Teake Zuridema is an Atlanta-based writer and photographer. This story was originally published on NexusMedia News ,, a non-profit news site about climate change.
On a sunny day last August, Daniel Malechuk opened the door to a 77,000-square-foot warehouse just outside Atlanta.
Inside, five varieties of hydroponic lettuce were grown under the soft magenta glow from LED lights. They were stacked nine stories high. A few employees were busy picking the greens. Their pace matched Malechuk’s ambition: to grow 10 million heads of lettuce by next spring.
If they succeed, Kalera, the vertical farming company that began operations here in April 2021, will not only have the largest-yield vertical farm in the Southeast, but will also be Georgia’s largest lettuce producer.
“This facility will produce 12 times as much lettuce in one year as the entire state can produce in the same amount of time,” Malechuk enthused. (According to Georgia’s department of agriculture, the state imports more than 99 percent of its lettuce).
The world’s population is projected to swell to nearly 10 billion by the middle of the century; global food production will need to double by then to keep up with demand. Photo: Teake Zuidema
These farms, not dependent on specific weather patterns or terrain, can thrive almost anywhere, cutting down transportation costs and associated emissions. They also operate cleaner, without releasing pesticides or fertilizers runoff.
According to PitchBook, investors poured nearly $1 billion into indoor farming companies in 2020, more than twice what they invested the year before.
As the planet grows hotter and drier, and arable land scarcer, food producers are looking for new ways to farm that require fewer resources. Vertical farming is promising, as it requires less land and water to grow than traditional agriculture. Photo: Teake Zuidema
But there’s a catch: indoor farms rely on the artificial light of tens of thousands of LED lights. A farm like Malechuk can use huge amounts of energy to maintain temperature control and water circulation.
” The single biggest obstacle facing the industry is its use of a lot of electricity,” stated Julia Kurnik (director of innovation startups at World Wildlife Fund). Vertical farming requires a number of economic and environmental tradeoffs, she said. It may not be practical everywhere, but it may make sense if you live in the Middle East, where there isn’t much land. However, you can use renewable energy [solar] to power your farm. She stated that the source of the energy is critical to determine the net environmental impact.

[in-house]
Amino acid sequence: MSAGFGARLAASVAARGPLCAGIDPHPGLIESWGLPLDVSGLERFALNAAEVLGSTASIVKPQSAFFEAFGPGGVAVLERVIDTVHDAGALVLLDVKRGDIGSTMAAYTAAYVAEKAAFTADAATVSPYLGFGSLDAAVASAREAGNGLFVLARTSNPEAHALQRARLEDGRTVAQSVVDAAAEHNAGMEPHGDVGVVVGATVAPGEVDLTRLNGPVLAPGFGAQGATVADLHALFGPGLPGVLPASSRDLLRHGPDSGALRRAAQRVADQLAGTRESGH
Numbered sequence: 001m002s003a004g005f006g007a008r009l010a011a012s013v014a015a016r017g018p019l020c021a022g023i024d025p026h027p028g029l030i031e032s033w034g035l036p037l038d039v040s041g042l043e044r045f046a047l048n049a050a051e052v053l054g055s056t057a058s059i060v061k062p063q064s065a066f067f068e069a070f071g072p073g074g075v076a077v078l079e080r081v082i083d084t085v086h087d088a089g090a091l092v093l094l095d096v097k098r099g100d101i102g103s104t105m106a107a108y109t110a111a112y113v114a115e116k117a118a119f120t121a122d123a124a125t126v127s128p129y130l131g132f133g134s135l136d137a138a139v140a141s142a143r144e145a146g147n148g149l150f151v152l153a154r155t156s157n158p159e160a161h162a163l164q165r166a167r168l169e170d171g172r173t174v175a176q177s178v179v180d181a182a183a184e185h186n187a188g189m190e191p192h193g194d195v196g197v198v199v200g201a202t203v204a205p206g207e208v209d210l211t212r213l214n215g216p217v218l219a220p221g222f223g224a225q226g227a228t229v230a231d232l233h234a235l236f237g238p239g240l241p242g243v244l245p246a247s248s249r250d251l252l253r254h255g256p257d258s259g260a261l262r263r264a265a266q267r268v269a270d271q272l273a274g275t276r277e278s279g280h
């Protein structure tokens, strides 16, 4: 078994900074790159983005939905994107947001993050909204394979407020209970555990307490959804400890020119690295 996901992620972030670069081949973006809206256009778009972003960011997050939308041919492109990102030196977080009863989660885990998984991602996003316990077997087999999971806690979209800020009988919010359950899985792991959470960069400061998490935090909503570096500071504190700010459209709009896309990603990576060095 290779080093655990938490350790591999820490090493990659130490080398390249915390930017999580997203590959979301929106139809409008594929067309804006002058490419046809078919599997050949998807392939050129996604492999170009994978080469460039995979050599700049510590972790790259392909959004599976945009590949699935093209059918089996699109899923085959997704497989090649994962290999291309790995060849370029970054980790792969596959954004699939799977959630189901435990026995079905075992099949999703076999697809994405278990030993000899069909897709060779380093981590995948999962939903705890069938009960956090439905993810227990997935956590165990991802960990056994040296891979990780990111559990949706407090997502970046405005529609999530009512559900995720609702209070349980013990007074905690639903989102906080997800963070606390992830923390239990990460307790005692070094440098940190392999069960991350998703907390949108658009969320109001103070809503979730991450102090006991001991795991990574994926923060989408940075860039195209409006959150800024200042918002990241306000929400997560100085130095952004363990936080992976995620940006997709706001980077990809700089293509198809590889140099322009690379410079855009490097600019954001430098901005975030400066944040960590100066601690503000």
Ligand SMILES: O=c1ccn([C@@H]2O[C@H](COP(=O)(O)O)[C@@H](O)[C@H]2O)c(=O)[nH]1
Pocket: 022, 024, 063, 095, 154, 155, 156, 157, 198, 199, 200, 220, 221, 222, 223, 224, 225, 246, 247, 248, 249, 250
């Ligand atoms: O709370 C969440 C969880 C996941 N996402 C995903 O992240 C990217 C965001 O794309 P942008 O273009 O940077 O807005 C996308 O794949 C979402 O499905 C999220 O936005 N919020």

Stephan David, plant scientist at Wageningen University & Research, researches which light recipes are best for growing strawberries indoors. Two batches of strawberries are behind him, which were grown under different lighting conditions but were planted simultaneously. Photo: Teake Zuidema
Lowering vertical farms’ energy costs is one of the main goals at Signify, a Dutch LED lighting company, said Udo van Slooten, a business leader in horticulture. He stated that “Our goal was to find the best way to convert watts into biomass.”
LED systems have become much more efficient since he began working in the field 15 years ago, but additional gains will have to come from improving the entire growing system: optimizing light recipes, spacing and nutrients, and determining which varieties of plants produce the best results.
As these farms become more energy-efficient it will start to make more economic sense to grow tomatoes, cucumbers, peppers, strawberries, and many other products indoors. Photo: Teake Zuidema
As the price of renewable energy continues to fall, proponents of vertical farming say it can become a more accessible, greener way to put food on the table.
Maluchuk of Kalera farms said that making greens affordable is his top priority. A head of Kalera leaf retails for $3 in most grocery stores. Malechuk sampled romaine, red oak leaves, and Kalera Krunch lettuces fresh from the tower at the farm. The Kalera Krunch was slightly sweet, but all were bright and crunchy.
“Welcome, to the future agriculture,” he stated.
Vertical farmers inspect strawberries at Signify in the Netherlands. Photo: Teake Zuidema
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